|US6495366||Sep 3, 1999||Dec 17, 2002||Therakos, Inc.||Uninterrupted flow pump apparatus and method|
|US6558340||Jun 17, 1999||May 6, 2003||Valemont Participation Corp.||Dialysis machine, in particular for home use|
|US6746606 *||Jan 11, 2002||Jun 8, 2004||Delphi Technologies, Inc.||Method and system for matching flow rate|
|US6752928 *||Jan 10, 2002||Jun 22, 2004||Delphi Technologies, Inc.||Flow matching method and system using two transducers|
|US6780322||Apr 28, 2000||Aug 24, 2004||Children's Hospital Medical Center||Hemofiltration system|
|US6793643||Apr 21, 2000||Sep 21, 2004||Therakos, Inc.||Low extracorporeal volume treatment system|
|US7534616 *||Nov 8, 2002||May 19, 2009||Therakos, Inc.||Uninterrupted flow pump apparatus and method|
|US7727222||May 20, 2008||Jun 1, 2010||Plc Medical Systems, Inc.||Patient hydration system with taper down feature|
|US7736354||Apr 21, 2006||Jun 15, 2010||Plc Medical Systems, Inc.||Patient hydration system with hydration state detection|
|US7744553||Dec 16, 2003||Jun 29, 2010||Baxter International Inc.||Medical fluid therapy flow control systems and methods|
|US7758562||Apr 21, 2006||Jul 20, 2010||Plc Medical Systems, Inc.||Patient hydration system with a redundant monitoring of hydration fluid infusion|
|US7758563||Jun 28, 2007||Jul 20, 2010||Plc Medical Systems, Inc.||Patient hydration monitoring and maintenance system and method for use with administration of a diuretic|
|US7837667||Nov 23, 2010||Plc Medical Systems, Inc.||Patient hydration system with abnormal condition sensing|
|US7938817||Sep 9, 2004||May 10, 2011||Plc Medical Systems, Inc.||Patient hydration system and method|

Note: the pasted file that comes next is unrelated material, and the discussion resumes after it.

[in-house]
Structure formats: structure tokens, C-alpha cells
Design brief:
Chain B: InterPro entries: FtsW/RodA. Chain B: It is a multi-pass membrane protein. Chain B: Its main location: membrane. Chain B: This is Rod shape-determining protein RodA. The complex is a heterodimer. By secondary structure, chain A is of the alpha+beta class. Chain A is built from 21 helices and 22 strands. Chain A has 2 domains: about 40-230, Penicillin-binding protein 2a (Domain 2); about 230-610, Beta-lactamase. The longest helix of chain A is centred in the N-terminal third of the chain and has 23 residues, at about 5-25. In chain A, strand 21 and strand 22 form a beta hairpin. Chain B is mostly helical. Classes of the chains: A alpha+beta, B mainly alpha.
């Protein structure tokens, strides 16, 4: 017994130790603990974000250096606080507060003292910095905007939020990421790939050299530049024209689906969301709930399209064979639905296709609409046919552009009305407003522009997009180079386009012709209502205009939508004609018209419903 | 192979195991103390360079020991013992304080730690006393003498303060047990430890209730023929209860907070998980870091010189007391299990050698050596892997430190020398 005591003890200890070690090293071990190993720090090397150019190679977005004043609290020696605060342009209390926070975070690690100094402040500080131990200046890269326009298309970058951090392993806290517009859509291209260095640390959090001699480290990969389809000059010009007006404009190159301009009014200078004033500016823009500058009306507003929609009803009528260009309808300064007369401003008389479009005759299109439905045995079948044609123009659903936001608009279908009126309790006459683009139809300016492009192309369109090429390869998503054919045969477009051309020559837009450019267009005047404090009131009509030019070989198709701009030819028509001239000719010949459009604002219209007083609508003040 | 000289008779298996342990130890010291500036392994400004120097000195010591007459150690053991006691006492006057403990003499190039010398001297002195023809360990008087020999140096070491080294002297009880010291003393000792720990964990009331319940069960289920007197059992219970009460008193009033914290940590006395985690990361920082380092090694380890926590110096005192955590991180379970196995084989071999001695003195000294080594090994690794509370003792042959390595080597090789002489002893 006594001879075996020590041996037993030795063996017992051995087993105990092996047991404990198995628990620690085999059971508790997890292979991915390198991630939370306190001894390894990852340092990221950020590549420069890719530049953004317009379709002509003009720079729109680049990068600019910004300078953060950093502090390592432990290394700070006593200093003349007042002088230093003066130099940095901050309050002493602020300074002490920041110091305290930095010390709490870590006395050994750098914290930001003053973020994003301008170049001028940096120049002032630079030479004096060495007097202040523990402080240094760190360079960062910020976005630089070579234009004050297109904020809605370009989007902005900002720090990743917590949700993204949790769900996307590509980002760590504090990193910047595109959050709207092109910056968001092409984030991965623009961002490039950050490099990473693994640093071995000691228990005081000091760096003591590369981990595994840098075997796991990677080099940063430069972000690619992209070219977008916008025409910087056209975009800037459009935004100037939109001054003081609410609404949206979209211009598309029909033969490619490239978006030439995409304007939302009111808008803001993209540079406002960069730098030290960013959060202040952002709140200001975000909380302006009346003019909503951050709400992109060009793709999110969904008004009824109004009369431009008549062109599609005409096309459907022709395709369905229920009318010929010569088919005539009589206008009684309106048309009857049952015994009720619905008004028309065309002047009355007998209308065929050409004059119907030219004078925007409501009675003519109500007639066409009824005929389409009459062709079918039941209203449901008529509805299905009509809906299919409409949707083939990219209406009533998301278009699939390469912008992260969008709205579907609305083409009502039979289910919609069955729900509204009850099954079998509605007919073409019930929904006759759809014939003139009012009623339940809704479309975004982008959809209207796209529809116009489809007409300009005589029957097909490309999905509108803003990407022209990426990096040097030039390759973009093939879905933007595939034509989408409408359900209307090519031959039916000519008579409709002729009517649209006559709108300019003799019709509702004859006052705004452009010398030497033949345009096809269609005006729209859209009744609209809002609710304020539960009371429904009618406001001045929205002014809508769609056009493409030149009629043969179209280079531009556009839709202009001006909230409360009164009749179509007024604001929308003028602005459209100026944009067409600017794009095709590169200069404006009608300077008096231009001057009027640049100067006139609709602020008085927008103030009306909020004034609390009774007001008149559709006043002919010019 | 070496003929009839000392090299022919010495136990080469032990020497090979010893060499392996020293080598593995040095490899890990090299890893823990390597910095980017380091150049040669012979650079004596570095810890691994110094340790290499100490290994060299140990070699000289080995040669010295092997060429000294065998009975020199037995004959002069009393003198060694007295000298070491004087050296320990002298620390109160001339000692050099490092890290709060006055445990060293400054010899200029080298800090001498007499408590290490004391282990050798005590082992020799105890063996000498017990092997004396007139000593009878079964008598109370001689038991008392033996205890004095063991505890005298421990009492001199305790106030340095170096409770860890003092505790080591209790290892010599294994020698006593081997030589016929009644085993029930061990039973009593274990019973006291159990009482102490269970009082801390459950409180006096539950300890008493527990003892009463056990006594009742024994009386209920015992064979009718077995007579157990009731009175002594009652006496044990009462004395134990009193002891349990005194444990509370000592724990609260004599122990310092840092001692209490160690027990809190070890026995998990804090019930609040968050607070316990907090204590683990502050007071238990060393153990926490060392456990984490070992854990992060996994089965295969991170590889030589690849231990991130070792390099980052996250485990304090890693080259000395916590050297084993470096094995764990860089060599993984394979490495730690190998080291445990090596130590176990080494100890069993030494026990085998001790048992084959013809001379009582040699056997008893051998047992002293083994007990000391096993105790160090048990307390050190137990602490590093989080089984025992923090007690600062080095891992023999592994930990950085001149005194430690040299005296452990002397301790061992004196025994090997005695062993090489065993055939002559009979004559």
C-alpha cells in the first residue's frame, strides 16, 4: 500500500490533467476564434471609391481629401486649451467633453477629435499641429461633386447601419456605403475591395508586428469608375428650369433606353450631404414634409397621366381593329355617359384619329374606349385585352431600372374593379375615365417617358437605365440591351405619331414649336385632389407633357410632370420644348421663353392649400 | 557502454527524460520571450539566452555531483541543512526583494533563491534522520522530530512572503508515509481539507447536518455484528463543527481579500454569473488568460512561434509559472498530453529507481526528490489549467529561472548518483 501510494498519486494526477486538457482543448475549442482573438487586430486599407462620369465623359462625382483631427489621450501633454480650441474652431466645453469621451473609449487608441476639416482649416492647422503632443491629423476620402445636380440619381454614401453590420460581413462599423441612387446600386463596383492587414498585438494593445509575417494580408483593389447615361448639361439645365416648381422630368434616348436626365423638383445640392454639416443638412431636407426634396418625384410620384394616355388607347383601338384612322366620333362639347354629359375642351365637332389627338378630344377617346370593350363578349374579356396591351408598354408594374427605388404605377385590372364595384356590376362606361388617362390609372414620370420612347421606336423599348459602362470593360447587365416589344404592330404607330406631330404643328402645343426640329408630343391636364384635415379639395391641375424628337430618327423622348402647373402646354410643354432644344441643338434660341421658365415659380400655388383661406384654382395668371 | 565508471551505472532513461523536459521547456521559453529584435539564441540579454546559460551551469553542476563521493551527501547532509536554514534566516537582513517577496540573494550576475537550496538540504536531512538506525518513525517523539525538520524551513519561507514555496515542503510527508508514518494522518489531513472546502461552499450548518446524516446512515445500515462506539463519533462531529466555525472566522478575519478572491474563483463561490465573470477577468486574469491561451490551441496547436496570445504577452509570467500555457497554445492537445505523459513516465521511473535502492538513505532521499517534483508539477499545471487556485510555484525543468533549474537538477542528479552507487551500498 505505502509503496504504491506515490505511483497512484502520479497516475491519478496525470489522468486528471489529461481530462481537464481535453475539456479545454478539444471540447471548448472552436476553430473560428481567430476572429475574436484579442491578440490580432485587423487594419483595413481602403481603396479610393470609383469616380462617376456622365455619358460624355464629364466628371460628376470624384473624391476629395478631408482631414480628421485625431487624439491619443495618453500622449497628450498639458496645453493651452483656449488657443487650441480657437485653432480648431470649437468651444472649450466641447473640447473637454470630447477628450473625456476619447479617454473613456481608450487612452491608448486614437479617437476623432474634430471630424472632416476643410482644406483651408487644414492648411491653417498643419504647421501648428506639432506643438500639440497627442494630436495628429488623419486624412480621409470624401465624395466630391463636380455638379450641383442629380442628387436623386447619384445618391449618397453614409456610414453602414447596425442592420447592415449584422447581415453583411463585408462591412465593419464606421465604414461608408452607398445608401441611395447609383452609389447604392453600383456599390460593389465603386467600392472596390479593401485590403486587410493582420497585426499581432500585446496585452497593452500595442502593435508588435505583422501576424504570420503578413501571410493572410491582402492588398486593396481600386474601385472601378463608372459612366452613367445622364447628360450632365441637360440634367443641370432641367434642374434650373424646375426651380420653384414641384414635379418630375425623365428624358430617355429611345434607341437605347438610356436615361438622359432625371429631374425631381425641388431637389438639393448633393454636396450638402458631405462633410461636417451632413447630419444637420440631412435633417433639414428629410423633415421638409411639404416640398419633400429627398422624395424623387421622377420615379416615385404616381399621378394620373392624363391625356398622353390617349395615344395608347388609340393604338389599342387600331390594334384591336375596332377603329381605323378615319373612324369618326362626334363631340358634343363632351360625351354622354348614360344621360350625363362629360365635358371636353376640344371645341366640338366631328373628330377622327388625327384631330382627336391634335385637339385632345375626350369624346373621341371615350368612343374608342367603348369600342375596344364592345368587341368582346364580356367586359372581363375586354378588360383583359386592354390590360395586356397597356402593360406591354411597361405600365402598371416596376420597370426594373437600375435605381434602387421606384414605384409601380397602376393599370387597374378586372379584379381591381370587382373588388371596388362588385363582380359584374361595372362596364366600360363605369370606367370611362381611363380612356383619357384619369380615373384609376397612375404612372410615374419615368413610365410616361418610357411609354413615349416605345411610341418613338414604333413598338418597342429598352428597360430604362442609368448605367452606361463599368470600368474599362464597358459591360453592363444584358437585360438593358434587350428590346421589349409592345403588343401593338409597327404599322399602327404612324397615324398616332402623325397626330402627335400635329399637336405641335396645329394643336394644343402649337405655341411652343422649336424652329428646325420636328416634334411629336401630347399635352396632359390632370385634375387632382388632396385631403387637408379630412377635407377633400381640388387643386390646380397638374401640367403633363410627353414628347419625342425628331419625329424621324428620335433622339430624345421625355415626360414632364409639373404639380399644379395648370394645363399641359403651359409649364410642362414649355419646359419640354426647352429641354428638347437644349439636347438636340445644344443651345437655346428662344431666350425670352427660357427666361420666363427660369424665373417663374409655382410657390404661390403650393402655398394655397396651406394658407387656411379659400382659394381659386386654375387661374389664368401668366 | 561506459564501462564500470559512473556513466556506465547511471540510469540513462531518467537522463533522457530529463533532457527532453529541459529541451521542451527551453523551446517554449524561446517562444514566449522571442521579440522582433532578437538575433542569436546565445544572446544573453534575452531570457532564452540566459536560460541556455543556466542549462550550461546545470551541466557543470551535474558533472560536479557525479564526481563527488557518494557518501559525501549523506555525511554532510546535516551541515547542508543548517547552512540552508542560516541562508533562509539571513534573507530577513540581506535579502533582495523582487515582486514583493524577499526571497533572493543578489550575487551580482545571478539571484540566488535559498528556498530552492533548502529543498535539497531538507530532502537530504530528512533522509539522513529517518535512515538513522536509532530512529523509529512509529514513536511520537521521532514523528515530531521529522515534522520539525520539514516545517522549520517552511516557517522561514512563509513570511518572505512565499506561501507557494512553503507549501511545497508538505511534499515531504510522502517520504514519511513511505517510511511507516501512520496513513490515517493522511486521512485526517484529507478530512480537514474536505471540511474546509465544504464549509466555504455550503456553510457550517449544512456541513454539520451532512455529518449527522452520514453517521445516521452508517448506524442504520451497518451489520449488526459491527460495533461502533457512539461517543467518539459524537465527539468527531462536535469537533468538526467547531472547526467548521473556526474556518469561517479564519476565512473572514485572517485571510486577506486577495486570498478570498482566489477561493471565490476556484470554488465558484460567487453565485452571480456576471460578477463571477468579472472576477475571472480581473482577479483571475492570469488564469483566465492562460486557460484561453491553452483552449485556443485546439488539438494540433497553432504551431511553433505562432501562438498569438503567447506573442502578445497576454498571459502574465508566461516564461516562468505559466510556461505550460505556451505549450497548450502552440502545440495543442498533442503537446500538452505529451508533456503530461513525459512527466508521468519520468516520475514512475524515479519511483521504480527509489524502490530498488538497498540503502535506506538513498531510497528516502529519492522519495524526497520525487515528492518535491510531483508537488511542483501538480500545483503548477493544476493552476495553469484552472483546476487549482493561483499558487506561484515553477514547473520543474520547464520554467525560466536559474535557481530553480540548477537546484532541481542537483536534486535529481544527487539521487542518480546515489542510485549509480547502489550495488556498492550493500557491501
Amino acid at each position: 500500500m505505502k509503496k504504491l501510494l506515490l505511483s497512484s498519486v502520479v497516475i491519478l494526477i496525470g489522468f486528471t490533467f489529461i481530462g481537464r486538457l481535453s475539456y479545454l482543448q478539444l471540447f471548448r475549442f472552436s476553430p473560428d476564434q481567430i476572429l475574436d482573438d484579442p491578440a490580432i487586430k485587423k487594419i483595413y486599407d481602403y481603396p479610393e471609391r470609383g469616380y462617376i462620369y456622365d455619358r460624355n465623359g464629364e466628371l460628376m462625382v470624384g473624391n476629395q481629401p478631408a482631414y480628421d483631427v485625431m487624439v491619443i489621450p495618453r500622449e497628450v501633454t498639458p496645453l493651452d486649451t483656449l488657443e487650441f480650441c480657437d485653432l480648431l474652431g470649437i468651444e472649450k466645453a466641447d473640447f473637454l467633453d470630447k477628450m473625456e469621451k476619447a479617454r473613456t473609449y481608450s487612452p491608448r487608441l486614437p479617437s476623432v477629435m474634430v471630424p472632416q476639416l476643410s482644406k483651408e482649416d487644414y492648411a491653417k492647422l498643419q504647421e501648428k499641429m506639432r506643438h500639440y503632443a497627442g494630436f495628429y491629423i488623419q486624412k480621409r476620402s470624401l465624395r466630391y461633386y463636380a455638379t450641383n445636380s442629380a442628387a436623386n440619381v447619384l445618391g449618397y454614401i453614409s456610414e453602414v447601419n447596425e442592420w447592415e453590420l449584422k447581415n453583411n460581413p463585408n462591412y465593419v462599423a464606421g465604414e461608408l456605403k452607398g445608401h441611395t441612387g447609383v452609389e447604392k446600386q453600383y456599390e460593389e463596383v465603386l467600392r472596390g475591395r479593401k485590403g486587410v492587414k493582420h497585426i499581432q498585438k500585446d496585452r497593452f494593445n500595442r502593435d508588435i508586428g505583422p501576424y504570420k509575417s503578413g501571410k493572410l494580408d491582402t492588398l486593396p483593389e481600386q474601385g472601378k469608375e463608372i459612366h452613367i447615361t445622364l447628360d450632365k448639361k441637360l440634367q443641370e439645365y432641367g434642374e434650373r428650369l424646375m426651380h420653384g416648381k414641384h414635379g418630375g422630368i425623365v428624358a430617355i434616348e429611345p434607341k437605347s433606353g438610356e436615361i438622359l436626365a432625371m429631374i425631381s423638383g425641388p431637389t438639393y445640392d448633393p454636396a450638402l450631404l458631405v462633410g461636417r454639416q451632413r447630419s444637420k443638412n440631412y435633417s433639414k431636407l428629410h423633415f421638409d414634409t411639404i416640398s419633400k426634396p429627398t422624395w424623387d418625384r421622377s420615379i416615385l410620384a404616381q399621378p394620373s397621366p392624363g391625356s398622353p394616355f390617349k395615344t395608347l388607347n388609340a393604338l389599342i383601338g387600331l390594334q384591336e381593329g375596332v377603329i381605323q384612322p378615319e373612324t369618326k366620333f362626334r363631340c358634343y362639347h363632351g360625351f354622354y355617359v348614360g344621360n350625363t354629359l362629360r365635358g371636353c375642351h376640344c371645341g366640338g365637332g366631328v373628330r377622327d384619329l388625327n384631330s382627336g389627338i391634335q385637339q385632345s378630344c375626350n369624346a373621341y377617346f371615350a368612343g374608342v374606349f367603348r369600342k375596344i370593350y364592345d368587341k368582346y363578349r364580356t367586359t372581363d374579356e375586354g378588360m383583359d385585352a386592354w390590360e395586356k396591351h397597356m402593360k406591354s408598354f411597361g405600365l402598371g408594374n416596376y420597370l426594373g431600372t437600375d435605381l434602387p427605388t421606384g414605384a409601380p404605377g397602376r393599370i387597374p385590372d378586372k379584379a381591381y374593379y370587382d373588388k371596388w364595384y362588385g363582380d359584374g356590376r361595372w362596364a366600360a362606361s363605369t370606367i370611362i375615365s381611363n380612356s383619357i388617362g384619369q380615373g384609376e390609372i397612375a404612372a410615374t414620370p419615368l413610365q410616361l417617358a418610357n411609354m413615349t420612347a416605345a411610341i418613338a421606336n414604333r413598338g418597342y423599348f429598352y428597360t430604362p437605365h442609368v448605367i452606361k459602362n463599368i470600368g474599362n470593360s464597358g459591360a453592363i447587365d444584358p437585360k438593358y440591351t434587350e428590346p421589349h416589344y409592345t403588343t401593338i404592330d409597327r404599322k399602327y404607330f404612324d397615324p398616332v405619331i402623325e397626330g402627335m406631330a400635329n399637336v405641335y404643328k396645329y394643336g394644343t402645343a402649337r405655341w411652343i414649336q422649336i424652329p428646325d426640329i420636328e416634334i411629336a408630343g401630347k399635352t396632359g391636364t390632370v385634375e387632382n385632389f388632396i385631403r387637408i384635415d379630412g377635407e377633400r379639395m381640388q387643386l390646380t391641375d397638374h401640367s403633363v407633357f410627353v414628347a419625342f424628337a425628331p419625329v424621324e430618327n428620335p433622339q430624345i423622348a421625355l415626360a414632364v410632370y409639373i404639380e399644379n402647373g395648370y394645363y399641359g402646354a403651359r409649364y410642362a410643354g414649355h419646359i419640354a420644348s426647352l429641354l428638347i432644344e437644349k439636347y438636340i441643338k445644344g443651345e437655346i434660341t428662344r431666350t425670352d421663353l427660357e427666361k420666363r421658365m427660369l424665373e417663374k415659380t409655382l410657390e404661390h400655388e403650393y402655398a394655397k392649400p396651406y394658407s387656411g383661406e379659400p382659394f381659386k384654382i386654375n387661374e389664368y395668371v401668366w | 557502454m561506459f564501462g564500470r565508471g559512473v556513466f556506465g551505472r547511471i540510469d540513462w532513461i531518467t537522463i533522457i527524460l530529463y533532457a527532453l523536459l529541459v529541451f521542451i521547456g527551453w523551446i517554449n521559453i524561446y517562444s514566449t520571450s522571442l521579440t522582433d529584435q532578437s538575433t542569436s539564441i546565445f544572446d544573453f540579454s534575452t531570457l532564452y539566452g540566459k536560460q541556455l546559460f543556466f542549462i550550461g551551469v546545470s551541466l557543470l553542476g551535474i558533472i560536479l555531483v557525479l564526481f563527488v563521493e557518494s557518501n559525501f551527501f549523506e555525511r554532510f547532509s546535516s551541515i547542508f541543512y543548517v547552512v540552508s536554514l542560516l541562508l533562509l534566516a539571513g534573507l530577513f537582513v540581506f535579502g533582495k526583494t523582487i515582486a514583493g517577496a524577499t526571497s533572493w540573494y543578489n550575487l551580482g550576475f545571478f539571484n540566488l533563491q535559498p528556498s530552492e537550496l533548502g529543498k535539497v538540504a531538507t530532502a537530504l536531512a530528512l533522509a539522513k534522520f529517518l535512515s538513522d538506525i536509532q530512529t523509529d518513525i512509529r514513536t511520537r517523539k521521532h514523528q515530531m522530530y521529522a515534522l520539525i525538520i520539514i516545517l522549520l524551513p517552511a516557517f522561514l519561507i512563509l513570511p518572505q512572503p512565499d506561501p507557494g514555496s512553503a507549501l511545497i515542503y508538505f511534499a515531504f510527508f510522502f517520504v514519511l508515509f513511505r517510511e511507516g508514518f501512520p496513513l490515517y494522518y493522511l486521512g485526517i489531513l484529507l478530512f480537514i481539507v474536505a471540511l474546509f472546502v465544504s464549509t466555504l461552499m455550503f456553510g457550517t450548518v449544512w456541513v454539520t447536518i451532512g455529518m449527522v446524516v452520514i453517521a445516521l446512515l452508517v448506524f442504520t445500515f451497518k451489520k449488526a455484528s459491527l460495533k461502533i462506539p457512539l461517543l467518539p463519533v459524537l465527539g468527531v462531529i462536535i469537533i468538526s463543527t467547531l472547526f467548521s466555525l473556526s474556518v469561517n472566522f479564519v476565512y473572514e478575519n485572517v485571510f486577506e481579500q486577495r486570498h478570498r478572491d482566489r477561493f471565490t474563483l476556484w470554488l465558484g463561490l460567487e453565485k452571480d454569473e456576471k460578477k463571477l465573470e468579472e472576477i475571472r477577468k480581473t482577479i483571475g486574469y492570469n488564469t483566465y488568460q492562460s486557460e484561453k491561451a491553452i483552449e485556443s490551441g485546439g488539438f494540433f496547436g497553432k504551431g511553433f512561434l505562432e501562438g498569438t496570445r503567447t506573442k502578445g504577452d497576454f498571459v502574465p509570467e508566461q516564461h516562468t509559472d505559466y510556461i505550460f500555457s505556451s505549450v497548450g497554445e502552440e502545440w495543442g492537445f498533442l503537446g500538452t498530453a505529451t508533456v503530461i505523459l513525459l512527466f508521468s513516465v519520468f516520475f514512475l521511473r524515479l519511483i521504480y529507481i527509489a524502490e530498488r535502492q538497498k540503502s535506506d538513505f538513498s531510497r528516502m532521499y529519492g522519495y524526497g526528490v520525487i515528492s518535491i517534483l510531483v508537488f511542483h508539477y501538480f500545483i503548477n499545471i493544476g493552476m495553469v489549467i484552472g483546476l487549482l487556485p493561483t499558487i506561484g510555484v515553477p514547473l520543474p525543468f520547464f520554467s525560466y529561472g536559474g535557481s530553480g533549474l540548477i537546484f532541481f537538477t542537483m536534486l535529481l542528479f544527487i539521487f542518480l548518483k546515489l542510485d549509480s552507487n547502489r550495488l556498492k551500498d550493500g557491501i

|US8007460||May 20, 2010||Aug 30, 2011||Plc Medical Systems, Inc.||Patient hydration system and method|
|US8075513||Oct 13, 2006||Dec 13, 2011||Plc Medical Systems, Inc.||Patient connection system for a balance hydration unit|
|US8153083 *||Apr 21, 2009||Apr 10, 2012||Therakos, Inc.||Uninterrupted flow pump apparatus and method|
|US8225516 *||Mar 12, 2007||Jul 24, 2012||Joe Green||Pencil sharpening device|
|US8226595||May 26, 2006||Jul 24, 2012||Baxter International Inc.||Automated dialysis system driven by gravity and vacuum|
|US8262602||Jun 2, 2008||Sep 11, 2012||Baxter International Inc.||Remote exchange peritoneal dialysis|
|US8430835||Jun 4, 2010||Apr 30, 2013||Baxter International Inc.||Renal therapy blood cleansing system with balance chamber and bolus, rinseback or prime volume feature|
|US8444623||Jun 6, 2011||May 21, 2013||Plc Medical Systems, Inc.||Patient hydration method|
|US8597231||Jul 16, 2012||Dec 3, 2013||Baxter International Inc.||Peritoneal dialysis system having heater pan and weight sensor|
|US8722422||Mar 8, 2012||May 13, 2014||Therakos, Inc.||Uninterrupted flow pump apparatus and method|
|US20030065284 *||Nov 8, 2002||Apr 3, 2003||Briggs Dennis A.||Uninterrupted flow pump apparatus and method|
|US20030130608 *||Jan 10, 2002||Jul 10, 2003||Pfeil Michael C.||Flow matching method and system using two transducers|